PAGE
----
Though an Operating Agreement is not required in Utah, it is still highly advisable that one be created. You may be wondering, if an operating agreement is not required by the state, why should you draft one? Well here are some of the reasons and benefits as to why an Operating Agreement is a must-have for any Utah LLC.

Maintaining control

As the business grows, the LLC might start looking into hiring managerial staff to take care of the day-to-day business operations, giving more time for the members of the LLC to look at more business development opportunities.

The operating agreement can help define the role of the managerial staff and designate the authority and compensation for when and if the managerial staff wants to leave the company.

Avoiding default state-imposed rules

An LLC that does not have an Operating Agreement will be bound by the default rules of the state that it is bound to.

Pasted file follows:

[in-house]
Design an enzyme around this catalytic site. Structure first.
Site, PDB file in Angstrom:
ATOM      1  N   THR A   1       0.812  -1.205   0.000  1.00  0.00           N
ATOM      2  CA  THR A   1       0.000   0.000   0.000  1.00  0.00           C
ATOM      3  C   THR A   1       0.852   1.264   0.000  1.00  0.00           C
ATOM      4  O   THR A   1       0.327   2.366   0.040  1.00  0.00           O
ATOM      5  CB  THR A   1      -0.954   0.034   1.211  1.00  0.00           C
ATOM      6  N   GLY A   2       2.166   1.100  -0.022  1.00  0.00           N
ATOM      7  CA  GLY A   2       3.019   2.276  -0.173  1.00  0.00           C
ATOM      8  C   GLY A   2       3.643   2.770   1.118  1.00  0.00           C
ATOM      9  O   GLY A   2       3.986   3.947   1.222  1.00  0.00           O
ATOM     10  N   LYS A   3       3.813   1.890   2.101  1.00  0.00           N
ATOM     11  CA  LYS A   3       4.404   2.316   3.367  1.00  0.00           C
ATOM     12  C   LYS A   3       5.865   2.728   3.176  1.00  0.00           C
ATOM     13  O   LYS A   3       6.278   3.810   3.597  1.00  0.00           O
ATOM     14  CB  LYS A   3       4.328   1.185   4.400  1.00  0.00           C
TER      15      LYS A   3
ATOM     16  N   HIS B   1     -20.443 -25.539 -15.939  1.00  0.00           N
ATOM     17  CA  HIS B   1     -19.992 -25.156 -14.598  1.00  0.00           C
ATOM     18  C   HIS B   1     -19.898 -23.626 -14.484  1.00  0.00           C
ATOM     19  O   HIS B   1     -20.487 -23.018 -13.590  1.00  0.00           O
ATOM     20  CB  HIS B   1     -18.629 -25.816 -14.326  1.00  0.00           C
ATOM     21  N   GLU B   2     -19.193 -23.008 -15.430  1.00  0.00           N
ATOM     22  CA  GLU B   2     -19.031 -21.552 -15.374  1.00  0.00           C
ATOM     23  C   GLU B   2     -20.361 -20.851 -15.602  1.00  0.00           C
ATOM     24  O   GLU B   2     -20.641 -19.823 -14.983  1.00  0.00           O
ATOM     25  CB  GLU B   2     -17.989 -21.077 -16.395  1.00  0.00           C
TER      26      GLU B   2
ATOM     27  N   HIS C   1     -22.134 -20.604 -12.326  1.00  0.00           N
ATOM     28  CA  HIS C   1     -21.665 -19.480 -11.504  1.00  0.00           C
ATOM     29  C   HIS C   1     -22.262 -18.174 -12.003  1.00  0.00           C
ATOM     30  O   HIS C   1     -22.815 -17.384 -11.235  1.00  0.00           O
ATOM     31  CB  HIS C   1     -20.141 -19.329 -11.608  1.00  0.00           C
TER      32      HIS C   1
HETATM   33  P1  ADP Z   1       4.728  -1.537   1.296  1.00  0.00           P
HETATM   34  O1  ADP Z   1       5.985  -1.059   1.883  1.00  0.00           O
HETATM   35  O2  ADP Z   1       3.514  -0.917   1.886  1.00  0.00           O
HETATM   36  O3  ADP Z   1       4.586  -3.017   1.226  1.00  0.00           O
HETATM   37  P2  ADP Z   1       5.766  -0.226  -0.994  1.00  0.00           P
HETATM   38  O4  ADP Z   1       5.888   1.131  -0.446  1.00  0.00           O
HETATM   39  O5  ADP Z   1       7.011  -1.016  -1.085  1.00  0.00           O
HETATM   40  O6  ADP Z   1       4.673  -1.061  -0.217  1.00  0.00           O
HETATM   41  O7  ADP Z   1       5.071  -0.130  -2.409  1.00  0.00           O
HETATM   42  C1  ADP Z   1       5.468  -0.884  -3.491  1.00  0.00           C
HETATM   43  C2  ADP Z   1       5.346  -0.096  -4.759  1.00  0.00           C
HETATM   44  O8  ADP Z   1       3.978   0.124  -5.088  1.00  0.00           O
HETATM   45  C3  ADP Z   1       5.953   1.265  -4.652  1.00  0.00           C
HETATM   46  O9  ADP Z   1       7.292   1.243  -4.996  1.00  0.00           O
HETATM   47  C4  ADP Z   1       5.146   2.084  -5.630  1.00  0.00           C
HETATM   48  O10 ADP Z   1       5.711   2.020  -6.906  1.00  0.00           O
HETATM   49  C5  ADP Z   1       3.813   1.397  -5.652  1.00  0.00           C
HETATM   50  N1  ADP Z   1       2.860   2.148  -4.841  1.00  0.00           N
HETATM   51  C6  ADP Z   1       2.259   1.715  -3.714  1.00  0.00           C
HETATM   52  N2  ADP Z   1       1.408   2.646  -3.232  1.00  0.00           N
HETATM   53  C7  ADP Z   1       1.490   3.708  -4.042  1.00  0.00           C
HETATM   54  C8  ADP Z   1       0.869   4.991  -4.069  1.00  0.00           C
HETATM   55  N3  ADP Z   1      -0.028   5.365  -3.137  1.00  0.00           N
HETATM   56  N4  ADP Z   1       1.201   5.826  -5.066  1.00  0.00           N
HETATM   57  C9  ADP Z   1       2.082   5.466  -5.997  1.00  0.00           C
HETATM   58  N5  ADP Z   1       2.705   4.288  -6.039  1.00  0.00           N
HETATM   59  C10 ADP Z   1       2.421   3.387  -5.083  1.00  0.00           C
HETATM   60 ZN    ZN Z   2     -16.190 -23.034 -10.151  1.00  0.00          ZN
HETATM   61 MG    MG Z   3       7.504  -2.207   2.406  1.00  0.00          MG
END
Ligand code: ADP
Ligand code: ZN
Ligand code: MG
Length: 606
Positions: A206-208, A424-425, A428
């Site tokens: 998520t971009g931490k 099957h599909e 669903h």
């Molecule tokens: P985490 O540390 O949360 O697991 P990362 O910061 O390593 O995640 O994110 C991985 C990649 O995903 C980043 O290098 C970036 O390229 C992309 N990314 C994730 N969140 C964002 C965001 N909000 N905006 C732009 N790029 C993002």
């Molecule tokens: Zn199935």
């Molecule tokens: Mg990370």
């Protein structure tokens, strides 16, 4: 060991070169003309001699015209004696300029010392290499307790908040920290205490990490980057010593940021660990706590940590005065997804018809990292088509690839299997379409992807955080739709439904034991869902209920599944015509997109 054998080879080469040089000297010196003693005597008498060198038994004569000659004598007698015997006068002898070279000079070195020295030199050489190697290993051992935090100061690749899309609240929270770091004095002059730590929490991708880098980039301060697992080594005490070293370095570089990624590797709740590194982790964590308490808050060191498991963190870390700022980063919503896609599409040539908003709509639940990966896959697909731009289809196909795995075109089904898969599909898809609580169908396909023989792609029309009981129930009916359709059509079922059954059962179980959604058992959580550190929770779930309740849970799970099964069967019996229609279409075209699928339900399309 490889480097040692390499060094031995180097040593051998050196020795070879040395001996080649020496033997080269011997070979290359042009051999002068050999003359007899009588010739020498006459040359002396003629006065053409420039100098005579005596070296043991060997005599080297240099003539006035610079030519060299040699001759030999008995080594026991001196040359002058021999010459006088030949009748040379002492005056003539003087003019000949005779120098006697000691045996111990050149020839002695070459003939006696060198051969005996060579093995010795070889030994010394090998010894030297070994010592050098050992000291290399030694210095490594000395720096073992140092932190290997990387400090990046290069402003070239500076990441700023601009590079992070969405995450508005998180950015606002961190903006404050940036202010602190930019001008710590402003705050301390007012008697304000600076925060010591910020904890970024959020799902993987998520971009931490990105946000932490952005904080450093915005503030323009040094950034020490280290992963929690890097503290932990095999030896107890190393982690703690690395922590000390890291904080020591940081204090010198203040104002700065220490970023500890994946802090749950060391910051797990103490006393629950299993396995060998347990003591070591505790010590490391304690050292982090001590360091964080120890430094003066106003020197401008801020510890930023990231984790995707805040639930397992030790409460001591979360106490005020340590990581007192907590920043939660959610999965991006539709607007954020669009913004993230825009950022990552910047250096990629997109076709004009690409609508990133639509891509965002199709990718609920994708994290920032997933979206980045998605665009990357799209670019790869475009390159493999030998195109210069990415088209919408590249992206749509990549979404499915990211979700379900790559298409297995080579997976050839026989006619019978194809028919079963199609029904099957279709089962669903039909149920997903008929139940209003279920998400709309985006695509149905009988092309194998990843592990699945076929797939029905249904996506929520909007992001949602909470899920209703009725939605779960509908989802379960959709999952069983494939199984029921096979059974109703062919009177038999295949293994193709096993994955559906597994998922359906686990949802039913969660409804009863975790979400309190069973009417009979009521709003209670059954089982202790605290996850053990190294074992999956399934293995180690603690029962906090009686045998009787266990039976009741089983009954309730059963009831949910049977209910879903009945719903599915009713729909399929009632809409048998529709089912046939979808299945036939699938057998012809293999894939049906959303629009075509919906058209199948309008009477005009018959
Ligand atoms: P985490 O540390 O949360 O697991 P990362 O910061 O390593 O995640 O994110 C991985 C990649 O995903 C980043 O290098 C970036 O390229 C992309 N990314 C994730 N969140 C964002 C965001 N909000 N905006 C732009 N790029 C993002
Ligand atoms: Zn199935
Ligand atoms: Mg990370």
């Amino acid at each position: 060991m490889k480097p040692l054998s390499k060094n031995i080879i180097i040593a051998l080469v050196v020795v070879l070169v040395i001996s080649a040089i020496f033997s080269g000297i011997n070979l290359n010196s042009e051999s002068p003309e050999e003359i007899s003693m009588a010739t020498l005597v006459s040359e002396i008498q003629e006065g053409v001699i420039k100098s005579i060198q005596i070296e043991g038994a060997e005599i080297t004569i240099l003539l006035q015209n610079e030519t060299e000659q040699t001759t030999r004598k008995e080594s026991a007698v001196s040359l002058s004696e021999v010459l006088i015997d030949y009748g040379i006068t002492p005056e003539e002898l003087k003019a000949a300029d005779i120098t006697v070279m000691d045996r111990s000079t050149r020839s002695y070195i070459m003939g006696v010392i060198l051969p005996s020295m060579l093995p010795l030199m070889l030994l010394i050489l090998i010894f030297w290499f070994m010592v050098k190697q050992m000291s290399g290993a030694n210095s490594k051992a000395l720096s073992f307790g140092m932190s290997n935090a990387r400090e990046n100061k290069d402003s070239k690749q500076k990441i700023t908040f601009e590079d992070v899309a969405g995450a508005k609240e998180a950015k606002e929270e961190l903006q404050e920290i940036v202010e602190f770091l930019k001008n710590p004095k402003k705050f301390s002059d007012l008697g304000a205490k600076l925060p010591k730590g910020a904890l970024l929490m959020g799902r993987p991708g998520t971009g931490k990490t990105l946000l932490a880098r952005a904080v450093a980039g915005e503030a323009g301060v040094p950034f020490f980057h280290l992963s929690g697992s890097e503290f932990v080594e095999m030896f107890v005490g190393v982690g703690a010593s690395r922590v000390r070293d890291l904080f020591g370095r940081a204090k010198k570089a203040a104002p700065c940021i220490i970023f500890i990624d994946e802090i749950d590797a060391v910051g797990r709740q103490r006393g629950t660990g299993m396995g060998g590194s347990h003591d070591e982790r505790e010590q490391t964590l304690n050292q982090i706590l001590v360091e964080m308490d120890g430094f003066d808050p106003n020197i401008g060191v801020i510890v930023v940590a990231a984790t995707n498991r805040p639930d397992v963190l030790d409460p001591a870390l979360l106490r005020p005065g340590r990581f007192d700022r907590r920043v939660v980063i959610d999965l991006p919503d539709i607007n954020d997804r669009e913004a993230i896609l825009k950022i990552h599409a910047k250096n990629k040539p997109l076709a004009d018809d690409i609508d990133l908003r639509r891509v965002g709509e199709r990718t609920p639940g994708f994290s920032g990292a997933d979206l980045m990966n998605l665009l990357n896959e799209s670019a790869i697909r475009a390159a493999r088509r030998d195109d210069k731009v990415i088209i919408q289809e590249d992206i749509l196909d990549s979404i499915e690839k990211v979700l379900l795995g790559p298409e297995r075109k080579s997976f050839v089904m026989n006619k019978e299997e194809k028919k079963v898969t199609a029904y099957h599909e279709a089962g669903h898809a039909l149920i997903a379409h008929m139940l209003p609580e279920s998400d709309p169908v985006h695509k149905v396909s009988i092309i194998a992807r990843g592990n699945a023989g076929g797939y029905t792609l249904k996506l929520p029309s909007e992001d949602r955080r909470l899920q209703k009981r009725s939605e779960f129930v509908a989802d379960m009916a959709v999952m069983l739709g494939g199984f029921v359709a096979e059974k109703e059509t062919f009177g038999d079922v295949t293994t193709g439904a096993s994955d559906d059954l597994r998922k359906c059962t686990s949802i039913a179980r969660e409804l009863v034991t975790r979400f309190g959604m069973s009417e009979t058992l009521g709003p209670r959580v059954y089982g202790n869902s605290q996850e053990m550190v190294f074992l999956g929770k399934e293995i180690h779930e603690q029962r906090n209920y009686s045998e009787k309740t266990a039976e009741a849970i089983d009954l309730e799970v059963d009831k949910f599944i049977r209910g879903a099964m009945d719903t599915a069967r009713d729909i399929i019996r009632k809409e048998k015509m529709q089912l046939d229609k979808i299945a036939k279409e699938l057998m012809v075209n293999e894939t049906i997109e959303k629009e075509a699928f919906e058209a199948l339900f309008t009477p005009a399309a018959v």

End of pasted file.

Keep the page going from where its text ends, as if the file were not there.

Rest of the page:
Separating professional and personal identities

In the event of a lawsuit, having one could help the court determine if the LLC is an entity separate from you, hence maintaining the liability protection offered by the LLC.

The Operating Agreement should include when the LLC was officially formed and who the members are. It should also include how the ownership of the LLC is divided. Multi-member LLCs could use an equal ownership structure or assign units of ownership to each member in the operating agreement.

It is also useful to include how management and voting procedures work. This will help determine if the LLC is going to be managed by a member or an appointed manager. This will also help members determine how voting on business matters should proceed.

Some examples of voting procedures that you should include are deciding what to do when a member is unable to vote, or how you would quantify abstained votes. Some LLCs have also included capital contributions in their operating Agreement. This will help keep track of the amount of money invested into the business by each member.